The secret behind Google’s profit growth has been revealed in a ZDNet report. The internet giant has launched an attack on smaller businesses who gain revenue from affiliate programs.
By favoring larger brands in its search engine results, Google has increased revenue by billions but, according to ZDNet, such combative tactics are costing jobs as smaller firms that profit from affiliate marketing are displaced. While analysts and media are preoccupied by the publicity of Google’s non-revenue schemes, including G+ and driverless cars, the plan to position itself as the largest affiliate has, until now, gone undetected.
During 2010, income from Google’s own sites was struggling to keep pace with Adsense, its partner network.
- In Q1 Google sites grew 20% and partner sites grew 24%
- In Q2 Google sites grew 23% and partner sites grew 23%
- In Q3 Google sites grew 22% and partner sites grew 22%
- In Q4 Google sites grew 22% and partner sites grew 24%
But for no outwardly obvious reason, the pattern is turned around within the space of a quarter.
- In Q1 Google sites grew 32% and partner sites grew 19%
- In Q2 Google sites grew 39% and partner sites grew 20%
- In Q3 Google sites grew 39% and partner sites grew 18%
By diverting traffic and income from its partner network to its own, Google manages to maintain all its revenues, rather than giving away 80 percent to Adsense partners. Other strategies to align Google as the principle affiliate for sales of branded goods online include banning tens of thousands of affiliates from its Adworks network and taking care not to upset the large brand owners, powerful lobbyists who could voice their discontent over Google’s business practices in Washington DC.
ZDNet reports that none of these practices have come under the scrutiny of journalists or analysts. For Google, such aggression towards small businesses in the current financial climate would be very damaging PR wise. The company has spent record amounts on lobbying this year and are keen to keep their business below the radar of the U.S government.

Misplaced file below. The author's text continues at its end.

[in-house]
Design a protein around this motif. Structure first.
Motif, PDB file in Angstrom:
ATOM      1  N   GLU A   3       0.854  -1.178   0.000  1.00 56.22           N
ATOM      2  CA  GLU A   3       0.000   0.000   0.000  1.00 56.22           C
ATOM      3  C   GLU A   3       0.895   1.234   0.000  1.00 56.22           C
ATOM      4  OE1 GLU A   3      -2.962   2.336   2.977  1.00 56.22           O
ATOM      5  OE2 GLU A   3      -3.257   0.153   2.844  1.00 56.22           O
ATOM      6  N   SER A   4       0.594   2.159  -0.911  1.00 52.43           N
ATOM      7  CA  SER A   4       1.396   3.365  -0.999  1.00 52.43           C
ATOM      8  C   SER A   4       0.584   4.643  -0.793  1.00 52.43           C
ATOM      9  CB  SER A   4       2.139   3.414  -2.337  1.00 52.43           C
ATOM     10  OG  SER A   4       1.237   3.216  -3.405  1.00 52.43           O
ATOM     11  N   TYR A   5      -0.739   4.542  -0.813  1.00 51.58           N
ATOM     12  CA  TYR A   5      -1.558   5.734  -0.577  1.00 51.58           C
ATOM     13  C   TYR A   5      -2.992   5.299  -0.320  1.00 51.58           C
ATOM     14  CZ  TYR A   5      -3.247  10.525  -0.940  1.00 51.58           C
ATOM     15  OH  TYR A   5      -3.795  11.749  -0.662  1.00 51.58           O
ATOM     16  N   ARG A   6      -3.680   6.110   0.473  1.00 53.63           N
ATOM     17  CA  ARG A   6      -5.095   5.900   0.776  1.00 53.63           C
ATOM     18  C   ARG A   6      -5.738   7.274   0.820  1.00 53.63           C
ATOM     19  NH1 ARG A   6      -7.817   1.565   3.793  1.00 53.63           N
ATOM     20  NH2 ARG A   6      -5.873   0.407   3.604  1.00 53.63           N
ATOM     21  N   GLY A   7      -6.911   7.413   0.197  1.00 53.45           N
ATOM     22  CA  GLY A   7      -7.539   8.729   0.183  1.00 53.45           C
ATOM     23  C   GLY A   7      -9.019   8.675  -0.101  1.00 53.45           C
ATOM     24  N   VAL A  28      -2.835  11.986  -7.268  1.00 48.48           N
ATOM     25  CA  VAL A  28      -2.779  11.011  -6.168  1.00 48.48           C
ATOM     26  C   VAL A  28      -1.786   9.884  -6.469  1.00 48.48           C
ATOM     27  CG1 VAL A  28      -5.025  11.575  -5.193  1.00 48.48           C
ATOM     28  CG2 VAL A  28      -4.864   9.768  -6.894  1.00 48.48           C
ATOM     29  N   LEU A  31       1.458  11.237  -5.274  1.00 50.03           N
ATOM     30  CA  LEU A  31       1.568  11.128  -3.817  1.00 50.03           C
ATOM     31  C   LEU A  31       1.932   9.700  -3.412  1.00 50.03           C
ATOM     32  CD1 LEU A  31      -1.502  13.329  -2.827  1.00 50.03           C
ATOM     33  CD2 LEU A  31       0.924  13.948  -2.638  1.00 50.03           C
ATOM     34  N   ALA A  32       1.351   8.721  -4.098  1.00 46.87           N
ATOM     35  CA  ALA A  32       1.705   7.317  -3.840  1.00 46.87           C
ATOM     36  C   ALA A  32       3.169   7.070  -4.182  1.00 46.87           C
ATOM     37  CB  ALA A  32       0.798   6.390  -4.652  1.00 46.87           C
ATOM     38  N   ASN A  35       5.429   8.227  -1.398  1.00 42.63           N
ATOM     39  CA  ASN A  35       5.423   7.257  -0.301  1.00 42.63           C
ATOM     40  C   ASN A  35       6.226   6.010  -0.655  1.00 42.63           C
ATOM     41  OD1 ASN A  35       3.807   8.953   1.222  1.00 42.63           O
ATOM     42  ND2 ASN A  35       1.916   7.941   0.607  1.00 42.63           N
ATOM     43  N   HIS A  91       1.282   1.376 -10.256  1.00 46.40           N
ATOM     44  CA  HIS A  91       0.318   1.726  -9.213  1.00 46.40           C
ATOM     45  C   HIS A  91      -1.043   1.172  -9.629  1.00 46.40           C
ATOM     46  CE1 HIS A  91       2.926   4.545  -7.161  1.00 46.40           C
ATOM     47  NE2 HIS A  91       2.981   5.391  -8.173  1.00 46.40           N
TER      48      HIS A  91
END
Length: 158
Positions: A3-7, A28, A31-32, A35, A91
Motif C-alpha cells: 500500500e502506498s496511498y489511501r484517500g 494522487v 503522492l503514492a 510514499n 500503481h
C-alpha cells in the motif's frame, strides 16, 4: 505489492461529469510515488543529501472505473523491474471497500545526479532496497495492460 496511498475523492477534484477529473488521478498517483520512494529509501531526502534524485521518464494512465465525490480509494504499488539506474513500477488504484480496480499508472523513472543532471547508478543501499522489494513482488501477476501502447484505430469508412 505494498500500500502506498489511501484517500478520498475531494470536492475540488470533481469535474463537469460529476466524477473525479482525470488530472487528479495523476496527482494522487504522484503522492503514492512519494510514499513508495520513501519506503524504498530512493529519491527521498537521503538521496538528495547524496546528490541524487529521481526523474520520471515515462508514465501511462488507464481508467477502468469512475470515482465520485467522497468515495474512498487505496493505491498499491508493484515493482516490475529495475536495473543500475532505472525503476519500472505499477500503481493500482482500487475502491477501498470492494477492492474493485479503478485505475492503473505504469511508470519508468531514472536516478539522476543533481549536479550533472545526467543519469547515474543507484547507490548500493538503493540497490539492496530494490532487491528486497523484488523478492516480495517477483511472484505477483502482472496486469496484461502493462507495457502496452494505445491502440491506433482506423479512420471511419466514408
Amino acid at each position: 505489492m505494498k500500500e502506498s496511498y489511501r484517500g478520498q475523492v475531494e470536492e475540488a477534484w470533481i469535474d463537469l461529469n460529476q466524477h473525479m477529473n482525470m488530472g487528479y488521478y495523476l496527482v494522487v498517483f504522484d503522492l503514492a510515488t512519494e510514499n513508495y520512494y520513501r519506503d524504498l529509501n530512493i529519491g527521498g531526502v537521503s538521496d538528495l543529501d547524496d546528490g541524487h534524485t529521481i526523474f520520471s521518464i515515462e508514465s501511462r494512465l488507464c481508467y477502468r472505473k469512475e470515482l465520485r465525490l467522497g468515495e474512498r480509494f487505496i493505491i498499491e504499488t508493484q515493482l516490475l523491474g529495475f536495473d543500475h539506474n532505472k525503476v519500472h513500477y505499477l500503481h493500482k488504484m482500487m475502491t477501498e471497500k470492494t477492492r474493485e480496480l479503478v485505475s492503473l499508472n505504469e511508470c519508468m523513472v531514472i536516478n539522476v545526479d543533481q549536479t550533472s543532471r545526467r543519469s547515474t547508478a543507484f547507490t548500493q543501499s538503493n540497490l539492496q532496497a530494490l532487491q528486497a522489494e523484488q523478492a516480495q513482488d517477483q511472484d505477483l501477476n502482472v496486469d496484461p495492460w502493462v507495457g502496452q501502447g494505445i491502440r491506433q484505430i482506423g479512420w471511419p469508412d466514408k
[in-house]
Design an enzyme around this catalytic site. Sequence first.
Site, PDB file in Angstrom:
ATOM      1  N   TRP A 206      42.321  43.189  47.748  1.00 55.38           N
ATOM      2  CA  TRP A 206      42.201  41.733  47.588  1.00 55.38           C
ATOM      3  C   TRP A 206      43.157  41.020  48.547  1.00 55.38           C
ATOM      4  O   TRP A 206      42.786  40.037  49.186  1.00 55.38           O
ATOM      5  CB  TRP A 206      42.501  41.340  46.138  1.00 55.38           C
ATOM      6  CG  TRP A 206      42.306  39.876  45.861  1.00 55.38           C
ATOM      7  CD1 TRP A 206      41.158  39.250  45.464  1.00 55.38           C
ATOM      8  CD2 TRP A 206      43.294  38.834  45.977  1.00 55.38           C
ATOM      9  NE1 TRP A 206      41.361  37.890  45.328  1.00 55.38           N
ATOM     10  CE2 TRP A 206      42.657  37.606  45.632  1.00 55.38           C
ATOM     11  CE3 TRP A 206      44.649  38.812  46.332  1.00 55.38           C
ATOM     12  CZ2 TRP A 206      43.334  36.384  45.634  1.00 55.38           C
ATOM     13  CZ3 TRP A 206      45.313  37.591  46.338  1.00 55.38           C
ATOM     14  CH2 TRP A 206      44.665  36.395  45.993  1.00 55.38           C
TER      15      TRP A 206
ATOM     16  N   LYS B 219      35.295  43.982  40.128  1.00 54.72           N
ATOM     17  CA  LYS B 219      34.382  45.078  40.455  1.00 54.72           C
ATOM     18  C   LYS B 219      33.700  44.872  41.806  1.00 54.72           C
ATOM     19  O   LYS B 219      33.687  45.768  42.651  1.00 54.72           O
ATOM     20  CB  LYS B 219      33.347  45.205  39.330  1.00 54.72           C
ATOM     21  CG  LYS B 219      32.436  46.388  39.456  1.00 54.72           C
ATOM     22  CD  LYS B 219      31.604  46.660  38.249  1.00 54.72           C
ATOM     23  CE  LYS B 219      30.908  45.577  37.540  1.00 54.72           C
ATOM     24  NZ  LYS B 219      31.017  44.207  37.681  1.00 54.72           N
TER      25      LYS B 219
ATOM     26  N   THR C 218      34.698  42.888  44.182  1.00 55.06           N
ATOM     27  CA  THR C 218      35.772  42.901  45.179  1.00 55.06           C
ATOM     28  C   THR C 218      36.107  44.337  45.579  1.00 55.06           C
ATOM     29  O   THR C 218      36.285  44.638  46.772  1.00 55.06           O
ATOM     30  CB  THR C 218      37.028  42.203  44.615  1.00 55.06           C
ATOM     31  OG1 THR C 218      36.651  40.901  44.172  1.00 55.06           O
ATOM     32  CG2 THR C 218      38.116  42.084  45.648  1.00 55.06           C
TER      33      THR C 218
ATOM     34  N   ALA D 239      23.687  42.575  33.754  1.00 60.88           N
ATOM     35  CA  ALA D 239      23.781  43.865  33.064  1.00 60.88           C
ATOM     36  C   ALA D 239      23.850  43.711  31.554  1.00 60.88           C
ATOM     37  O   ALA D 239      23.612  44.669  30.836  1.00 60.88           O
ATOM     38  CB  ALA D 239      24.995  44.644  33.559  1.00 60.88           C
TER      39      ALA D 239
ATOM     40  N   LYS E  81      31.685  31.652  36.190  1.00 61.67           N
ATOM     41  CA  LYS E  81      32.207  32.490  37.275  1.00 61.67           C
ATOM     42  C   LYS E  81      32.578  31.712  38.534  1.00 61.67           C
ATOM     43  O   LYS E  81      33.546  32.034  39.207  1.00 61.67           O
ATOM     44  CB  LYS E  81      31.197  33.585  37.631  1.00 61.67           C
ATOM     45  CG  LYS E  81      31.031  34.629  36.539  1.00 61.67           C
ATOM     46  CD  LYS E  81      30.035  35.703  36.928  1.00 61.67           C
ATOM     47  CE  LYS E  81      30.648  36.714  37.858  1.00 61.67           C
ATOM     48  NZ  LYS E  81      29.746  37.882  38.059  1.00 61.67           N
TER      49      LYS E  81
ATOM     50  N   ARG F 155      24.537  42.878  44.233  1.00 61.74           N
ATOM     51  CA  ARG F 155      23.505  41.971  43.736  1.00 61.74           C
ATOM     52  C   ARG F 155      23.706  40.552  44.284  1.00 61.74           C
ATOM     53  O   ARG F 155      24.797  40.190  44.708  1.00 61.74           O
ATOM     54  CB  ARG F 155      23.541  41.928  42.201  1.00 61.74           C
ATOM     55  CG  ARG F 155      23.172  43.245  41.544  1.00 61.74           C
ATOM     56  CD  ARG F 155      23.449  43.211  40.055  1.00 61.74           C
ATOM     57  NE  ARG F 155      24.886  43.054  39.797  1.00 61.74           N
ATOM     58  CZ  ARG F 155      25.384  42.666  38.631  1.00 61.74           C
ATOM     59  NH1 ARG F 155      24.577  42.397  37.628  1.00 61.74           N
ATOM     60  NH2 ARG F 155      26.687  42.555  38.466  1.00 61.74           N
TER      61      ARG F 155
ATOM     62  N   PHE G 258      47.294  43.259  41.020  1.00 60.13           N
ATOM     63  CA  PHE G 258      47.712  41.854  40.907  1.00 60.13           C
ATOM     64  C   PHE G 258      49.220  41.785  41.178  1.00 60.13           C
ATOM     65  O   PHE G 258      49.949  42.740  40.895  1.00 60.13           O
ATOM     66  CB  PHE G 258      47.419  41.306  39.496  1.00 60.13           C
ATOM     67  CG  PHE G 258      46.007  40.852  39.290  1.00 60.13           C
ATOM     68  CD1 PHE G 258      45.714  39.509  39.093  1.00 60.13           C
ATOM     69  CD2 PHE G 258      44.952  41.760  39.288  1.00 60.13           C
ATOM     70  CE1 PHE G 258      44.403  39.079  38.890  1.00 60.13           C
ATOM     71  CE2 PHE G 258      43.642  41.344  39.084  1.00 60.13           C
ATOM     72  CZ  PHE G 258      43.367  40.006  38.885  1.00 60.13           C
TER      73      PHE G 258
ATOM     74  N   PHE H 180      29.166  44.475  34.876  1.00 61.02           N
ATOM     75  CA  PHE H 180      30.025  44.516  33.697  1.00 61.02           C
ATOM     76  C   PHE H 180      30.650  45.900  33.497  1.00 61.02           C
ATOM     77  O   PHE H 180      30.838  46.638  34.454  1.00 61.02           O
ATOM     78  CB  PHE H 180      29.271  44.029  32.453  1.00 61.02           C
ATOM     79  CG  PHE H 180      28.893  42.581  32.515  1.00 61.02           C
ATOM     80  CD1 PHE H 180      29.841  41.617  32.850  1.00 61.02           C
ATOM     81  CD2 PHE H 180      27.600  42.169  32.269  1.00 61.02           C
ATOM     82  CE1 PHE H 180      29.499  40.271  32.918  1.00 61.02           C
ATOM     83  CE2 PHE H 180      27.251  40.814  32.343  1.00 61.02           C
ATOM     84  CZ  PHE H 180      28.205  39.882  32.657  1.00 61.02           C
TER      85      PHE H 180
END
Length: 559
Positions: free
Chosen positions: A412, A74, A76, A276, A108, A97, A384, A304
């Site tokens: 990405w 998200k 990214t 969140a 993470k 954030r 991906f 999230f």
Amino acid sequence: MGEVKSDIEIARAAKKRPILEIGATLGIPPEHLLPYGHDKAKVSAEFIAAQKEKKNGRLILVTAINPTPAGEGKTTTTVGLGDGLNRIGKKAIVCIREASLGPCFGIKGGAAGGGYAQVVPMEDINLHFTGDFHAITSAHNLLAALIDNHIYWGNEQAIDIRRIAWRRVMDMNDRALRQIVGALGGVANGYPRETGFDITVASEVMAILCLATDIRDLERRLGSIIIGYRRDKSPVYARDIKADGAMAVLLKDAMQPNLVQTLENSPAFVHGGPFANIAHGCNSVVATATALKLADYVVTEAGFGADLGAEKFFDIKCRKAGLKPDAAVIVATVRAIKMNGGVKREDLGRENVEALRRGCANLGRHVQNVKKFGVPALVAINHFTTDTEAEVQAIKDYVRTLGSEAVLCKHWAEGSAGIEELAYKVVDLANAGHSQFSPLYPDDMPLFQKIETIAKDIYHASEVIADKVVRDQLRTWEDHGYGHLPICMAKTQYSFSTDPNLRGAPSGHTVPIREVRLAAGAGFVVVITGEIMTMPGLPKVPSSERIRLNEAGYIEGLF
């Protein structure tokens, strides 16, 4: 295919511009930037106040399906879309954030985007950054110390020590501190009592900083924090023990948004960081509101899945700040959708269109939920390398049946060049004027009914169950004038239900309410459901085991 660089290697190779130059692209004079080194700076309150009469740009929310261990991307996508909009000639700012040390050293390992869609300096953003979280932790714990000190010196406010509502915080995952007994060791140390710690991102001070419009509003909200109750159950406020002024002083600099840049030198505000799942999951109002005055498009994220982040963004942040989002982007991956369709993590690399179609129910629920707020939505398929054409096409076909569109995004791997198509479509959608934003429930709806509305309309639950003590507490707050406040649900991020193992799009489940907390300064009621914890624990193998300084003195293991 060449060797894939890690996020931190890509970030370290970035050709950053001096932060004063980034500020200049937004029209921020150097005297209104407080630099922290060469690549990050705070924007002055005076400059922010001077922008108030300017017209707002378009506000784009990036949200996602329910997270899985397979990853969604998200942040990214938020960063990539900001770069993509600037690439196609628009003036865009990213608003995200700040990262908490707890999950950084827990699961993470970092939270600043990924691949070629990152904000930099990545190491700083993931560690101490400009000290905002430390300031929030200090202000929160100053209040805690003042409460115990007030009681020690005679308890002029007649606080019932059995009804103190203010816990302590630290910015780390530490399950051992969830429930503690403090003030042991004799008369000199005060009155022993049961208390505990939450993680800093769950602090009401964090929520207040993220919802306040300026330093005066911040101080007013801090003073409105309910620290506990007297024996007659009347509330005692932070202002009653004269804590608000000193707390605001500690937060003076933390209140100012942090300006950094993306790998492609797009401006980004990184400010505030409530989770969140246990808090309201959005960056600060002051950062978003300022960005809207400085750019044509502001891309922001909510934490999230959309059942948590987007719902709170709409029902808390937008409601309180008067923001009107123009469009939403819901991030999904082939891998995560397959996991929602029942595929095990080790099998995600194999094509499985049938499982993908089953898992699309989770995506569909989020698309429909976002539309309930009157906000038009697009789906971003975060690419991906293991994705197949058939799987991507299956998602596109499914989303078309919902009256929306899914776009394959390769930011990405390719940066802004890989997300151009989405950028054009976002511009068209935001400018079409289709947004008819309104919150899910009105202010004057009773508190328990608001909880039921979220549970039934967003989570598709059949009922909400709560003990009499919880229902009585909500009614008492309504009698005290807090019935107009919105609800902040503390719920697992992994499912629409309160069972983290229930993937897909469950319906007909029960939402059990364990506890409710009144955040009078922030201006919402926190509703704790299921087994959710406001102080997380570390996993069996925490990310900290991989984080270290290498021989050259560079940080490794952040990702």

Reporting for the Los Angeles Times, Jessica Guyen stated “Google spent $5.9 million from January 1 through September 30, a 51% jump from a year ago. To put that in perspective, Google spent $5.2 million total on lobbying last year. Google has doubled its spending on lobbying in the last two years. It has also formed a political action committee to give donations to candidates and it has hired influential lobbyists such as Richard Gephardt, a former House Democratic leader.”
According to ZDNet, the fate of small businesses could lie with Facebook who are known to be more small business friendly, though long-term there is the possibility that they will be pushed towards taking a larger stake in revenues. To protect themselves from the same destiny as the small businesses in the Google environment, companies like Facebook and Apple fortify themselves against such moves as a larger partner providing web services and traffic, by retaining as much control of their ecosystem as they can.
One person who does comprehend Google’s anti-small business approach is SEOBook’s Aaron Wall, who wrote “At Affiliate Summit last year Google’s Frederick Vallaeys basically stated that they appreciated the work of affiliates, but as the brands have moved in the independent affiliates have largely become unneeded duplication in the AdWords ad system. To quote him verbatim, “just an unnecessary step in the sales funnel. It is worth noting that Google doesn’t consider itself “just an unnecessary step in the sales funnel” when they insert themselves as an affiliate.”
Jude Freeman writes from London.